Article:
Purpose: Assessments used in the classroom can be designed locally by teachers or selected from any number of commercial or other professional sources. Regardless of an assessment's origin, teachers must first plan what they intend to accomplish with the assessment. Upon doing so, they can determine whether a pre-existing or new assessment will best meet their needs.
Guideline: In many instances, students with special needs and English language learners require accommodation to participate in assessments. The assessment process provides feedback for the teacher, student, and parent. As such, the teacher should ensure these students are able to participate in each assessment. If needed, the teacher should seek assistance from colleagues and district staff members having expertise with special needs students and English language learners.
This tool from the Council of Chief State School Officers' Accommodations Manual: How to Select, Administer, and Evaluate Use of Accommodations for Instruction and Assessment of Students with Disabilities assists teachers with assessing accommodations from the student's perspective.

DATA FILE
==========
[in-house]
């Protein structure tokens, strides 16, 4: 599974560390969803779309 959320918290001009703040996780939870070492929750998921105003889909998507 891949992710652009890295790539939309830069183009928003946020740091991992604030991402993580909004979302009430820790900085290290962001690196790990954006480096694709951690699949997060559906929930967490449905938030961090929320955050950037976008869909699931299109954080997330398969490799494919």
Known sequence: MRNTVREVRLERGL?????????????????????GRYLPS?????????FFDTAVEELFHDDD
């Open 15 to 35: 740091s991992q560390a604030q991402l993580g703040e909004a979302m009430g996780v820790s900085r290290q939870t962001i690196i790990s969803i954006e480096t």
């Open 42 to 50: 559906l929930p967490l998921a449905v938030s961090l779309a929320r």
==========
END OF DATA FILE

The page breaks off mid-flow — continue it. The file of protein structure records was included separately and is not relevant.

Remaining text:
This tool for assessing needs that may require accommmodations is from the Council of Chief State School Officers' Accommodations Manual: How to Select, Administer, and Evaluate Use of Accommodations for Instruction and Assessment of Students with Disabilities.
This document from the Council of Chief State School Officers' publication, Ensuring Accuracy in Testing For English Language Learners, identifies nine elements to consider when writing accessible assessment items.
This resource from the former Region III Comprehensive Center provides practical guidance for using test preparation strategies with English language learner students as a form of accommodation for standardized tests.
Purpose: Administering assessments includes conducting and scoring. Conducting the assessment addresses the when, where, and how of doing so. Scoring the assessment focuses on the scoring rubric, determining individual scores, and analyzing the results. Both are essential parts of administering the assessment.
Purpose: When used properly, assessment results enhance instruction. It is incumbent upon teachers to understand, know how to interpret, and explain the results effectively to their students, parents, and other district and school staff members.
Purpose: Good assessments provide the basis for making adjustments in instruction as well as future assessments. Assessment results show teachers where changes need to be made in instructional approaches for groups of students or individual students. The assessment outcomes also show students what they need to do to improve their learning. Changes to instruction based on assessment results complete the learning cycle.